an administrative order and notice of civil penalty for noncompliant USTs at a FEMA
Point-of-Entry Program (PEP) radio station in Lodi, New Jersey.
Transportation Security Administration (TSA):
There are several examples of TSA efforts undertaken by the TSA Office of Occupational Safety,
Health, and Environment (OSHE), Environment and Energy Branch, in FY 2008:
-TSA held regional TSA/EPA Regulatory Compliance Workshops with EPA and state regulators
in the following EPA Regional Headquarters cities:
•Atlanta, Georgia (EPA Region 4)
•Philadelphia, Pennsylvania (EPA Regions 2 and 3)
•Chicago, Illinois (EPA Region 5)
•Dallas, Texas (EPA Region 6)
•San Francisco, California (EPA Region 9)
These workshops allowed TSA to increase EPA and State regulatory inspector understanding of
TSA’s regulatory approach; provide training to the Environmental Management Coordinators
(EMCs); and provide an opportunity for participants to interact and develop a positive rapport
with the EPA and state regulatory inspectors. These workshops educated both the regulators
and the airport staff on TSA HAZMAT policies and procedures and served to address potential
problems and conflicts with operational inspections.
- TSA expanded the Environmental Planning Program through outreach with the TSA Office of
Security Technology (OST) and the TSA Office of Transportation Sector Network Management
(TSNM) resulting in OSHE reviewing a greater number of projects that have potential
environmental impacts.
-OSHE met with points of contact (POC) from the TSA passenger and baggage screening
programs and POCs from the TSA offices that specialize in the various modes of transportation.
This led to greater awareness of the Environmental Planning Program from the Program Offices
and prevented potential issues and conflicts between TSA and environmental stakeholders.
- TSA developed an online Environmental Planning Course and assigned it to appropriate TSA
employees. The training was designed to increase awareness of the Environmental Planning
Program among TSA staff and prevented potential problems occurring from TSA employees who
would not otherwise be aware of environmental planning laws and regulations.
-TSA completed reviews of all available TSA program acquisition plans to identify environmental
planning requirements early in the acquisition life cycle, which helped prevent issues and
problems from occurring later on.
Section 4: Demonstration of ECR Use and Value
7 Briefly describe your departments’/agency’s most notable achievements or advances in
using ECR in this past year.
8. ECR Case Example
a. Using the template below, provide a description of an ECR case (preferably completed
in FY 2008). Please limit the length to no more than 2 pages.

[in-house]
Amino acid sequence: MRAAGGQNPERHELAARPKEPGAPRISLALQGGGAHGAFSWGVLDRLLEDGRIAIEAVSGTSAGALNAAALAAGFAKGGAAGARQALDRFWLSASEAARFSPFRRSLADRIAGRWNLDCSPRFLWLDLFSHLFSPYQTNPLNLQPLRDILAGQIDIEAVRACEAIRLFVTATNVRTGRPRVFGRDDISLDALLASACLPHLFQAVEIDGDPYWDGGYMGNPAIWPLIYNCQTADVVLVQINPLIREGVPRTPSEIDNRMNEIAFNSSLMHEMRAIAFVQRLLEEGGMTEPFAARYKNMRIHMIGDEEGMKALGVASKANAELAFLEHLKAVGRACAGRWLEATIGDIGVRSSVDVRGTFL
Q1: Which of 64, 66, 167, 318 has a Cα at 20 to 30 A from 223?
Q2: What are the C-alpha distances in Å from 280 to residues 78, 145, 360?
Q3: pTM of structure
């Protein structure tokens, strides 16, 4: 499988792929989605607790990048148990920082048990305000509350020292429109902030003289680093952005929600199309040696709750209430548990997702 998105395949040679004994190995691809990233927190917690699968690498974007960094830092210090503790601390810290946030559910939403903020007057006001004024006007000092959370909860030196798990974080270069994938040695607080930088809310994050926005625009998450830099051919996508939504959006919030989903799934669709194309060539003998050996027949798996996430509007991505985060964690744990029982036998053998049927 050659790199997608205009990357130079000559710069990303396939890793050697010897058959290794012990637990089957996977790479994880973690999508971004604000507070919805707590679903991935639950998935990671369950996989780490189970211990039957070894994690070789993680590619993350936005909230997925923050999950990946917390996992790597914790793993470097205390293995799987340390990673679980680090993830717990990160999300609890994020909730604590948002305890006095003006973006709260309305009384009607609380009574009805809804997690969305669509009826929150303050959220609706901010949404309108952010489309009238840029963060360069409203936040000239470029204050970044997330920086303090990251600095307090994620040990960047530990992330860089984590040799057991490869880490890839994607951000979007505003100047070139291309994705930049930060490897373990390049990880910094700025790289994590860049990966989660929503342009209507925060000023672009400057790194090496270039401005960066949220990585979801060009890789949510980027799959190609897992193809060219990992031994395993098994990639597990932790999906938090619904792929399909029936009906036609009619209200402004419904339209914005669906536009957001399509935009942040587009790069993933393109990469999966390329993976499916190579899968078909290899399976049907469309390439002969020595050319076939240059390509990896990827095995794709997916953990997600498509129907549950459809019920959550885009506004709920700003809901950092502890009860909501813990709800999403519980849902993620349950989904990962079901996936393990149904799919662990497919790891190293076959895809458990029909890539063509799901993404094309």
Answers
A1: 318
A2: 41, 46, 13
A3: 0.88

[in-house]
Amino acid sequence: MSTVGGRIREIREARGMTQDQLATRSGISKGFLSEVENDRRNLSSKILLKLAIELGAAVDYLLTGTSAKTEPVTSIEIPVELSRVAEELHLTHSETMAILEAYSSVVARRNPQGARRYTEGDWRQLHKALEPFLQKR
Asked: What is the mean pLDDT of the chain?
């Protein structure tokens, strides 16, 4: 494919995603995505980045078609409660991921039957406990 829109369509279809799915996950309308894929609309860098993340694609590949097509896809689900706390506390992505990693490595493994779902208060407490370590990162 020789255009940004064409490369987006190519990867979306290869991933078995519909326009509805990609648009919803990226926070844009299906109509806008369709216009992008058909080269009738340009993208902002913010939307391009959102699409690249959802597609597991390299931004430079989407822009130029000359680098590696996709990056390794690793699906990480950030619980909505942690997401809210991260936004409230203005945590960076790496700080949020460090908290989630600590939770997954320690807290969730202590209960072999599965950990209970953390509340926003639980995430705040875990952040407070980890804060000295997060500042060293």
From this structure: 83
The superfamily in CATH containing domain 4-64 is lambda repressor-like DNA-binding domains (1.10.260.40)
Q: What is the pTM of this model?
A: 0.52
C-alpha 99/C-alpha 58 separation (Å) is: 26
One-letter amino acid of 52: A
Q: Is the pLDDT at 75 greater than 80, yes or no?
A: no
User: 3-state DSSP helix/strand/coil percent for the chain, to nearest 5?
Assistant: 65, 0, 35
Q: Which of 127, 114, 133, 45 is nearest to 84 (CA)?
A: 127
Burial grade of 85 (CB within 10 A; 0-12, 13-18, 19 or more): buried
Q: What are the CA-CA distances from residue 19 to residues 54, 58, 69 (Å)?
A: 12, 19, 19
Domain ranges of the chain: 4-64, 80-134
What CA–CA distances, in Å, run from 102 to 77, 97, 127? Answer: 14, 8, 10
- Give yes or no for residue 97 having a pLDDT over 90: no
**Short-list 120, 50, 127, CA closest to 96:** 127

Name/Identification of Problem/Conflict
Overview of problem/conflict and timeline, including reference to the nature and timing of the third-
party assistance
Summary of how the problem or conflict was addressed using ECR, including details of how the
principles for engagement in ECR were used (See Appendix A of the Policy Memo, attached)
Identify the key beneficial outcomes of this case, including references to likely alternative decision
making forums and how the outcomes differed as a result of ECR
Reflections on the lessons learned from the use of ECR
b. Section I of the ECR Policy identifies key governance challenges faced by
departments/agencies while working to accomplish national environmental protection
and management goals. Consider your departments’/agency’s ECR case, and
indicate if it represents an example of where ECR was or is being used to avoid or
minimize the occurrence of the following:
Check if
Check all
that apply
Protracted and costly environmental litigation;
Unnecessarily lengthy project and resource planning
Costly delays in implementing needed environmental
protection measures;
Foregone public and private investments when
decisions are not timely or are appealed;
Lower quality outcomes and lost opportunities when
environmental plans and decisions are not informed
by all available information and perspectives; and
Deep-seated antagonism and hostility repeatedly
reinforced between stakeholders by unattended
9. Please comment on any difficulties you encountered in collecting these data and if
and how you overcame them. Please provide suggestions for improving these
questions in the future.
Please attach any additional information as warranted.
Report due January 15, 2009.
Submit report electronically to: ECRReports@omb.eop.gov
We did not encounter any difficulties in collecting this data.
Attached A. Basic Principles for Agency Engagement in Environmental Conflict Resolution
and Collaborative Problem Solving